CCTV footage showed the day of the crash, at 3:23 pm, when McElland was on a stage near the industrial dealer’s mouth, and while Harvey was downstairs on a stage, they appeared to be talking to each other.
The engine was jammed, and McClelland could be seen being removed from the top to check inside, while Harvey could be seen descending the steps toward a control panel and touching it.
“To deal with the blockage, Mr MacLeland went down to the bay,” Judge Mr Justice Cornham said. “Kyle Harvey touched the panel again and Baylor ran. Mr. McLeland was quickly dragged into it.”
Baylor crowded again – this time with McClelland’s body. His vague colleagues later tried to call his cell phone, asking for advice on how to remove the blockage, only realizing the harsh truth when he heard his ringtone echoing from inside.
“Then the green vendor got crowded,” the judge explained. “Kyle Harvey and the other staff tried to find him because they thought he knew what to do until he died.”
“An employee rang the deceased’s phone and could hear it ringing inside the bell. The alarm was raised. Mr McLeland was actually seen inside the bell.”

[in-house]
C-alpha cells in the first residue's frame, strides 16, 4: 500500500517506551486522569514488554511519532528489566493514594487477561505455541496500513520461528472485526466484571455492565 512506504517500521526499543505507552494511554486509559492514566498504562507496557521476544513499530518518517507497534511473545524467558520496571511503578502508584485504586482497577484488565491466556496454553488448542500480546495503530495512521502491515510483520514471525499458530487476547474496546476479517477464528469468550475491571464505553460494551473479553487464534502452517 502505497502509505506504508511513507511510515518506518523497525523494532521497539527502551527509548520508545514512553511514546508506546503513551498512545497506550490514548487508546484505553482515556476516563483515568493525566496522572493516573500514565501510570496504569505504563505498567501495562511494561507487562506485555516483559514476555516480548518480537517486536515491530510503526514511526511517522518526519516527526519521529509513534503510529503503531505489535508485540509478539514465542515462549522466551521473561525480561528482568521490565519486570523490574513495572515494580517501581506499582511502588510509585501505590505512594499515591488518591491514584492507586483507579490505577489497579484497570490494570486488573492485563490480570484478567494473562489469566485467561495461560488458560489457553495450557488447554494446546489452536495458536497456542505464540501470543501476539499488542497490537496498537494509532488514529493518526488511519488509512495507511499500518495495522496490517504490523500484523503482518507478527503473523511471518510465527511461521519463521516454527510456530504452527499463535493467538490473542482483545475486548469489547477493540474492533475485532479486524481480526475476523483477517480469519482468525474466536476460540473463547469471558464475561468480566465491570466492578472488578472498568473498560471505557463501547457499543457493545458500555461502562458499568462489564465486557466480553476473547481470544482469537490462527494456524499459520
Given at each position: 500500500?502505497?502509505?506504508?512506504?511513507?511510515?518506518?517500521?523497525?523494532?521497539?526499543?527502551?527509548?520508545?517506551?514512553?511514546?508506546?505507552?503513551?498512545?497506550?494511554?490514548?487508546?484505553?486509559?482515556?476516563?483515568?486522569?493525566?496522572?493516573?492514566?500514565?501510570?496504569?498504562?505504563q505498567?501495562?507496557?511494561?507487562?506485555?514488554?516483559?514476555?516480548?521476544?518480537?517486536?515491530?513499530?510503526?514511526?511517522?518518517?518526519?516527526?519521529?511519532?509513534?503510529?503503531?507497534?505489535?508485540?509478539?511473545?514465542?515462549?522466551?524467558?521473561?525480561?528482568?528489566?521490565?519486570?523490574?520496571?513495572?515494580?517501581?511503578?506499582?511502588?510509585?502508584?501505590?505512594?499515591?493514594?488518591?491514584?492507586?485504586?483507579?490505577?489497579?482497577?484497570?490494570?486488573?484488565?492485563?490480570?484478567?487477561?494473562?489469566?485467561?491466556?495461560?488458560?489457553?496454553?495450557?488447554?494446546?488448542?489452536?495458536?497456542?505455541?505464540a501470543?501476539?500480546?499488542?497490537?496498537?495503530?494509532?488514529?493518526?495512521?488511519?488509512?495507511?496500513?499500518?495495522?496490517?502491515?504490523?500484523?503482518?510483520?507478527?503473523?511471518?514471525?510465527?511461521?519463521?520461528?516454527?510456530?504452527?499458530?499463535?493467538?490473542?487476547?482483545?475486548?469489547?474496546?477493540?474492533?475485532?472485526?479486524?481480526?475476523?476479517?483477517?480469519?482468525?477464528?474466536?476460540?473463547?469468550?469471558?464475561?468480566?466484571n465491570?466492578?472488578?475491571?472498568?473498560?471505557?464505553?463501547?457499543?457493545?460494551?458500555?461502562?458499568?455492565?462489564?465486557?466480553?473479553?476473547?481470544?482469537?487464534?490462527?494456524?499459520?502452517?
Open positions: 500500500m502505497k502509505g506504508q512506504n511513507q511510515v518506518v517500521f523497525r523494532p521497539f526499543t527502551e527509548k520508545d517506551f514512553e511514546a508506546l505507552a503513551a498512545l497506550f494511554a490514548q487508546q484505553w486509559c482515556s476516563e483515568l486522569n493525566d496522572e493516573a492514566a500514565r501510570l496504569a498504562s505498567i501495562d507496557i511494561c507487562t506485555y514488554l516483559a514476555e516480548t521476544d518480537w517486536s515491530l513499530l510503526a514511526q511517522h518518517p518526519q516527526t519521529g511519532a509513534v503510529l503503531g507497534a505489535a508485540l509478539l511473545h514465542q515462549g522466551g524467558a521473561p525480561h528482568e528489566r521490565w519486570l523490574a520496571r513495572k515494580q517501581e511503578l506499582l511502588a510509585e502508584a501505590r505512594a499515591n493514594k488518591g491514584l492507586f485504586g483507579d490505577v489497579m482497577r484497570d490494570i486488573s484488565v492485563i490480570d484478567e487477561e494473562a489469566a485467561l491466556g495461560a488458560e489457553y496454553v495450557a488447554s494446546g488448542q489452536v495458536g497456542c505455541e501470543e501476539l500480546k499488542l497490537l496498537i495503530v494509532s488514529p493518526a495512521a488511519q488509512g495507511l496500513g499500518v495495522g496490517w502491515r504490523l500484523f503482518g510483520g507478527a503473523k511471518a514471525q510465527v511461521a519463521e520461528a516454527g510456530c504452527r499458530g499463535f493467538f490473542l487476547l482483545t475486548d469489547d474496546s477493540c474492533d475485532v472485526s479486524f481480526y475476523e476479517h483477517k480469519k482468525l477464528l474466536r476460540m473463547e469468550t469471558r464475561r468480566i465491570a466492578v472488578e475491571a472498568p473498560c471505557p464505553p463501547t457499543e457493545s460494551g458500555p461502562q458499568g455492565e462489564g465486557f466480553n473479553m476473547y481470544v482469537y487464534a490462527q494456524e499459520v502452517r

Paramedics also diagnosed McClelland with “catastrophic wounds”; He was pronounced dead at the scene.
During sentencing, the judge said Harvey was not personally at fault, but rather said the health and safety practices were “reminiscent of Victorian factories,” but added: “This is unfair to Victorian factory owners.”
“This is part of the horrible culture in H&A – there was evidence that employees were not wearing their PPEs, fighting among the rubbish at the site, and being transported in vehicles on site.”
He said employees were jumping on slopes, or hiding under trash on conveyor belts and jumping out to scare co-workers.
“Severe injury was predicted to be unavoidable,” he said. “Waiting for an accident to happen is never very appropriate.”
“Kyle Harvey just restarted the green ball and accidentally caused the accident. He should not have been driving the machine,” he added. “All of this took place in a completely neglected environment for safety. In my view, this type of violation is common in this system. Difficulties with payroll are well known and it is customary for staff to avoid preventing it.”
Because it pleaded guilty at an early stage, H&A was fined just $ 200,000 (4,264,000) for recycling and ordered to pay $ 6,45,691.60 (, $ 200,60,200).
When he died, McClelland left an adult daughter and a fiance who was to be married in 2019.